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Photovoltaic Technology

It involves the direct transformation of sunlight into electrical energy. Photovoltaic (PV) technology, an inherently clean source of energy, produces no noise, smoke, acid rain, water pollutants, carbon dioxide or nuclear waste because it relies on the power of the sun for its fuel. At the same time, Silicon, the raw material used for most PV cells is abundant and non-toxic. The large-scale production of PV systems has minimal impact on the environment, provided that the processes are properly controlled. Also, since PV systems use only sunlight for fuel, the environmental impact of activities such as mining, exploration, production and transportation, and the hazards of coal, oil and gas are eliminated. However, the drawbacks of such systems are their high initial cost and low efficiency, which results in high collector area requirement. Research efforts are therefore concentrated in reducing the cost and efficiency of PV systems and developing building integrated PV systems which can be assimilated into the design of the building from the very beginning.

Photovoltaic energy conversion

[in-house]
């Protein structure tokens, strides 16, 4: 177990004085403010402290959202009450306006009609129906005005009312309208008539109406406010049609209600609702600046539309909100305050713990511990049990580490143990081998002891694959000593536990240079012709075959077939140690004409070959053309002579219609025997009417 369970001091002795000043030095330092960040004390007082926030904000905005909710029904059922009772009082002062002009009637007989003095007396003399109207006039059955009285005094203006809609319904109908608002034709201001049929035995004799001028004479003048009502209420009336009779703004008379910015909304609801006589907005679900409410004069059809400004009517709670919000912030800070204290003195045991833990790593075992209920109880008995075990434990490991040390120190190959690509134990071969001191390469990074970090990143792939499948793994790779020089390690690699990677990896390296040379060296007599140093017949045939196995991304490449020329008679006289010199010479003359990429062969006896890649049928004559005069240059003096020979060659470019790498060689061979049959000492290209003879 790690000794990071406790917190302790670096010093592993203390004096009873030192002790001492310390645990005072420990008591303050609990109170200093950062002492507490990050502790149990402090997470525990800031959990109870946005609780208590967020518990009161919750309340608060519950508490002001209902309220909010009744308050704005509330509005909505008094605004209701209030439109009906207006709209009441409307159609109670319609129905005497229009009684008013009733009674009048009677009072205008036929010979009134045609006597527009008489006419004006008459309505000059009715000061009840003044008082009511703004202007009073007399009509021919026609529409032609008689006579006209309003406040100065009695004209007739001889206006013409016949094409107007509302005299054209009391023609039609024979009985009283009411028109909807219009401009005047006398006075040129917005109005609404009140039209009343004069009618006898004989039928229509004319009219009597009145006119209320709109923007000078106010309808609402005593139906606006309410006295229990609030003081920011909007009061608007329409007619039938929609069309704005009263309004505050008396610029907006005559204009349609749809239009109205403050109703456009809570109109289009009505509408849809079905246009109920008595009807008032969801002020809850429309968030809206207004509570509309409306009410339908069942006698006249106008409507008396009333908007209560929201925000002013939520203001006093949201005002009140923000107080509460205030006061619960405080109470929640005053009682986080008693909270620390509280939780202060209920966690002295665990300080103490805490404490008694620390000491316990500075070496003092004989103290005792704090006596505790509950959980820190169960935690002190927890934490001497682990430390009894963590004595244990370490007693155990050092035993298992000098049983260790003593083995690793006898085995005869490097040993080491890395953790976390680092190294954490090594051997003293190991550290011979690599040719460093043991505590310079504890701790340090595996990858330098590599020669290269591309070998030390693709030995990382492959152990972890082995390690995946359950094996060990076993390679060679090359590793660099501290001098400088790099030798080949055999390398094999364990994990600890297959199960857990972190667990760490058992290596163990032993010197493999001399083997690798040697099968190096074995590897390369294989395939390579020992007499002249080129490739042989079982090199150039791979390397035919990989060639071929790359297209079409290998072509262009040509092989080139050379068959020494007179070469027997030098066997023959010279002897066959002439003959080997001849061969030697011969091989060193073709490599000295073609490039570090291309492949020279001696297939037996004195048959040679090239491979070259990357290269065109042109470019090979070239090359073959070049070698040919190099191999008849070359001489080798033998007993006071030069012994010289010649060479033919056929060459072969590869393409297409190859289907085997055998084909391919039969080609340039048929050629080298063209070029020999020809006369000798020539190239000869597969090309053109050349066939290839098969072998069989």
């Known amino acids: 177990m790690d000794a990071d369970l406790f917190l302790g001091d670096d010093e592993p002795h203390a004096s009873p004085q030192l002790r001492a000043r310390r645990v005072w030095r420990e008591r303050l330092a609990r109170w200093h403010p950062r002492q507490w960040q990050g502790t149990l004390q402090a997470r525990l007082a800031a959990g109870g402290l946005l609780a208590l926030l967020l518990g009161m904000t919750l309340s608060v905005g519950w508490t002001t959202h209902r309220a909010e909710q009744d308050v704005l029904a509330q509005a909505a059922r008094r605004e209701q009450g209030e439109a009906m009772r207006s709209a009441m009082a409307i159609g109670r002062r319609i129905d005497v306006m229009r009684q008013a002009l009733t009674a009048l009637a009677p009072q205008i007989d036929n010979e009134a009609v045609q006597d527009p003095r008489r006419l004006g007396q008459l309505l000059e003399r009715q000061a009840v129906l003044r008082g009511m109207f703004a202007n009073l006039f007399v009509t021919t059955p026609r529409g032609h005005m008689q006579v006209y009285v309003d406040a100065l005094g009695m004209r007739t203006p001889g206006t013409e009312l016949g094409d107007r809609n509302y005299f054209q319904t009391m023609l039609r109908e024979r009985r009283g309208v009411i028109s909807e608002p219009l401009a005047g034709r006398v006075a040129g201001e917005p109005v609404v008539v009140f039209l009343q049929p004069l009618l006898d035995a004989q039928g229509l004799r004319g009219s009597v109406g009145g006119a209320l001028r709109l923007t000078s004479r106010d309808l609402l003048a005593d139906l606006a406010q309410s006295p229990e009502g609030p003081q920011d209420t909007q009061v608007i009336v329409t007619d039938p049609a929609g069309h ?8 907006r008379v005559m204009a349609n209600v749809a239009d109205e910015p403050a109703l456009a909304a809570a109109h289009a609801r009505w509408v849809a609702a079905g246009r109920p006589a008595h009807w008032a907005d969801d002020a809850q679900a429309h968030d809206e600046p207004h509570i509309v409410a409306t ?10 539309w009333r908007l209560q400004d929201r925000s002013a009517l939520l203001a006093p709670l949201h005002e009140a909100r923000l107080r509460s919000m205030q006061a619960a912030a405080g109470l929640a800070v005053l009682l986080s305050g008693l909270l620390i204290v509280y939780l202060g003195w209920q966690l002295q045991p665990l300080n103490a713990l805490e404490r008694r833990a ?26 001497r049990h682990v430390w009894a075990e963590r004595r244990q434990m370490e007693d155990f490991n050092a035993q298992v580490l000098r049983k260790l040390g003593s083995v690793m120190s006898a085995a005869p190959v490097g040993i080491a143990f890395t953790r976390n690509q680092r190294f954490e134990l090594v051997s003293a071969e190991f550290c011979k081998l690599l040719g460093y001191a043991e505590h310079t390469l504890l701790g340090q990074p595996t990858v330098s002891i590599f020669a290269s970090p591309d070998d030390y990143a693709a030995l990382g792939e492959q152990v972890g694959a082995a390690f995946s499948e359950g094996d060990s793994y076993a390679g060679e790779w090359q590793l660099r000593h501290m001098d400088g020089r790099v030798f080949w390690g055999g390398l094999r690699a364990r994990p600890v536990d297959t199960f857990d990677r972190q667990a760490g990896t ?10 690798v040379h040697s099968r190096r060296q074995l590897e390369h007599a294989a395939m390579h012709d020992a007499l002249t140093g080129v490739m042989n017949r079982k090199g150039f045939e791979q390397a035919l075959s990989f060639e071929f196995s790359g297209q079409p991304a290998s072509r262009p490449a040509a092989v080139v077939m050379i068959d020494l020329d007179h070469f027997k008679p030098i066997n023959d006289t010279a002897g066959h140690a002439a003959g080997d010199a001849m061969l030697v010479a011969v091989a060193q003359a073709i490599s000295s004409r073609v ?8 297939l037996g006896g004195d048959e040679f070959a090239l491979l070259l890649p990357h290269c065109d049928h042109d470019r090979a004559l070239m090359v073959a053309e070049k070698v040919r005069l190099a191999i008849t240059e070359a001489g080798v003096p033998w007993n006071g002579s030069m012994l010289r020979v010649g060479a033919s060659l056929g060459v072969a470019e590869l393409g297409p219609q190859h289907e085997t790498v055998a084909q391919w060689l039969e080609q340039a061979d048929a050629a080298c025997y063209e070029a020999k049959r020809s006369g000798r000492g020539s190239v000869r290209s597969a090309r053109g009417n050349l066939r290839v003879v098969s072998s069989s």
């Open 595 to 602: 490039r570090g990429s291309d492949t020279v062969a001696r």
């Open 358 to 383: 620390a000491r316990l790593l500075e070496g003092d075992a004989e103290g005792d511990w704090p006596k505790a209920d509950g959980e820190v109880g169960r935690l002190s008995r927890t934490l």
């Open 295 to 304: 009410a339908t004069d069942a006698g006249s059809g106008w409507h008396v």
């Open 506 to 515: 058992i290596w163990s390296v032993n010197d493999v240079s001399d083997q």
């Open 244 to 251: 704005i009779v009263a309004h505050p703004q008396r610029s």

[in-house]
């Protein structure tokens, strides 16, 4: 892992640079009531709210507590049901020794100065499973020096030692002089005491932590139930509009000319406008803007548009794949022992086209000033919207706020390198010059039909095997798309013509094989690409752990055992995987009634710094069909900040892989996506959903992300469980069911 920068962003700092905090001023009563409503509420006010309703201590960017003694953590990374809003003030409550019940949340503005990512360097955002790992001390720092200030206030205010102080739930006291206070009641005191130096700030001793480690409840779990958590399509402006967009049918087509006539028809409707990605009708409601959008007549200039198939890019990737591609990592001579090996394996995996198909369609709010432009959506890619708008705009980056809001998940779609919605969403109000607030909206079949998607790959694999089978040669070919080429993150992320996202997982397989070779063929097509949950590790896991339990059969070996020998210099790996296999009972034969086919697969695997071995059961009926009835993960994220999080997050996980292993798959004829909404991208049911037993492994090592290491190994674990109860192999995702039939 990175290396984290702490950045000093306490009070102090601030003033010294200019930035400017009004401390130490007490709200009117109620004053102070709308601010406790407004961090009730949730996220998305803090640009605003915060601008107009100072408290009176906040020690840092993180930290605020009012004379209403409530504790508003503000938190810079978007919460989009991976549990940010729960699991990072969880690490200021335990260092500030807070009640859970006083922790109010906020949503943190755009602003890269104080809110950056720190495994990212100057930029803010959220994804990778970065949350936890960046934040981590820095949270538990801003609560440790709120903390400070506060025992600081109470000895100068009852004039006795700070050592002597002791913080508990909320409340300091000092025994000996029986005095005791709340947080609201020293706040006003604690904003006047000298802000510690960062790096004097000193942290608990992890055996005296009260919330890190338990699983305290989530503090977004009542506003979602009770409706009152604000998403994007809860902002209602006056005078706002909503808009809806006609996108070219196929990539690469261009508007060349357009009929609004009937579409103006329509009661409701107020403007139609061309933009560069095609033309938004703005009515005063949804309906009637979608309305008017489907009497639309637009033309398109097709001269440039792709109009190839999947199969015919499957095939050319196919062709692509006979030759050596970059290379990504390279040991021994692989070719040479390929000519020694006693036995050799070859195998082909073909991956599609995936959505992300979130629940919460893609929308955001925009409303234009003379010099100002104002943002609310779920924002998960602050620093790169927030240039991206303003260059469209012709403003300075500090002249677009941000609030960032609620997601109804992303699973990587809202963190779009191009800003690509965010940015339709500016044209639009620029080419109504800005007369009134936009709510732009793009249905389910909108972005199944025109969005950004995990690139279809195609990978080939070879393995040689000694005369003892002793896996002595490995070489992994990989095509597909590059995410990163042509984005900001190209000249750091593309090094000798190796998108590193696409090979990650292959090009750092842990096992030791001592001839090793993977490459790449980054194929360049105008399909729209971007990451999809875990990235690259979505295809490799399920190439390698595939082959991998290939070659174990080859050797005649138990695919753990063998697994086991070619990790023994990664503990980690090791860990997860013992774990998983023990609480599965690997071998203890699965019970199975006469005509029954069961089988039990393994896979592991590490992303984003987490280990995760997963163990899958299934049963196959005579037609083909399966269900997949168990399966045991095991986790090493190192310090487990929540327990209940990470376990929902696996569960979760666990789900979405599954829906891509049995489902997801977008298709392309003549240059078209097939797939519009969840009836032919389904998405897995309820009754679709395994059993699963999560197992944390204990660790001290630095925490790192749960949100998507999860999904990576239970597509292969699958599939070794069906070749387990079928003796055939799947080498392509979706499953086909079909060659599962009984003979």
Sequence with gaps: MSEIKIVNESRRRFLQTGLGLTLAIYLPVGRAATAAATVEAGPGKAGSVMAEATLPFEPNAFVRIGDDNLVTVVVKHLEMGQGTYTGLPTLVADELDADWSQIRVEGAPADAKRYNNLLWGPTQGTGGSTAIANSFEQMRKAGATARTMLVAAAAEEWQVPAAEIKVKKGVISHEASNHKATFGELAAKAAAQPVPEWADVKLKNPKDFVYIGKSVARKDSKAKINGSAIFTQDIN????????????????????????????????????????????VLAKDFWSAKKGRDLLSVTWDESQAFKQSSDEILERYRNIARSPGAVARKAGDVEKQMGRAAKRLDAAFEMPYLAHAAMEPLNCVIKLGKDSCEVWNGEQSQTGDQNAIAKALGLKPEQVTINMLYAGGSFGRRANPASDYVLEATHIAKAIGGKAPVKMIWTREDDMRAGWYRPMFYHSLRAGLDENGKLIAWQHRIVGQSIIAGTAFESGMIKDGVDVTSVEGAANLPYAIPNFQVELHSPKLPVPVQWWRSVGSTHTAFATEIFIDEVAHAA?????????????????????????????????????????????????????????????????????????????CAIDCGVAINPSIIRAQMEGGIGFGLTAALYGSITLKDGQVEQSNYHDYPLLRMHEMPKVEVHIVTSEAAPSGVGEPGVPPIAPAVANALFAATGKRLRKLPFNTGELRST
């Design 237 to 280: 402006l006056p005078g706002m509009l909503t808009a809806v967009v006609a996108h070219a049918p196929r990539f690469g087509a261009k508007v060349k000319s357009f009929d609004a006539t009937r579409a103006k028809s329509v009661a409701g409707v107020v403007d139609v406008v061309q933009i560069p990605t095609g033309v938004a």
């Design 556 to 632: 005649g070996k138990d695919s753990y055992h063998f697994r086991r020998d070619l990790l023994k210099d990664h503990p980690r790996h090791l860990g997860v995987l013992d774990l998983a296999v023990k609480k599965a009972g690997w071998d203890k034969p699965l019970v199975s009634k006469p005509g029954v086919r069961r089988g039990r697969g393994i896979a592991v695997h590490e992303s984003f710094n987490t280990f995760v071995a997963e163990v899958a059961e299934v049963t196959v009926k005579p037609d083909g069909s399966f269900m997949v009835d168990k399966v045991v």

The primary component of the photovoltaic energy system is the photovoltaic cell array. These cells consist of semiconductor material such as Silicon (Si), cadmium sulphide (CaS), copper selenium arsenide (CuSeAs), gallium arsenide (GaAs), etc. Silicon is the most common element used in the production of the PV cell.
The creation of a ‘p - n junction’ is a pre-requisite for the occurrence of the photoelectric effect. The ‘p - n junction’ is created by doping a crystal of silicon with phosphorous and boron. This results in the formation of a junction with an excess of negatively charged electrons on one side (‘n’ type) and positively charged ‘holes’ on the other side (‘p’ type). The photoelectric effect is made possible by the existence of this electric field at the ‘p - n junction’. When a light photon dislodges an electron from an atom either on the ‘p’ or ‘n’ side of the junction in the PV cell, it creates a free electron and a hole. The excess electrons flow from the ‘n’ side of the junction to the ‘p’ side producing an electric current in the process when the two sides of the PV cell are connected through an external circuit. Typically linked into modules, PV cells work by converting sunlight into electricity. The PV array can be if two types - flat plate systems and concentrator systems.

Flat Plate Systems

Single crystal cells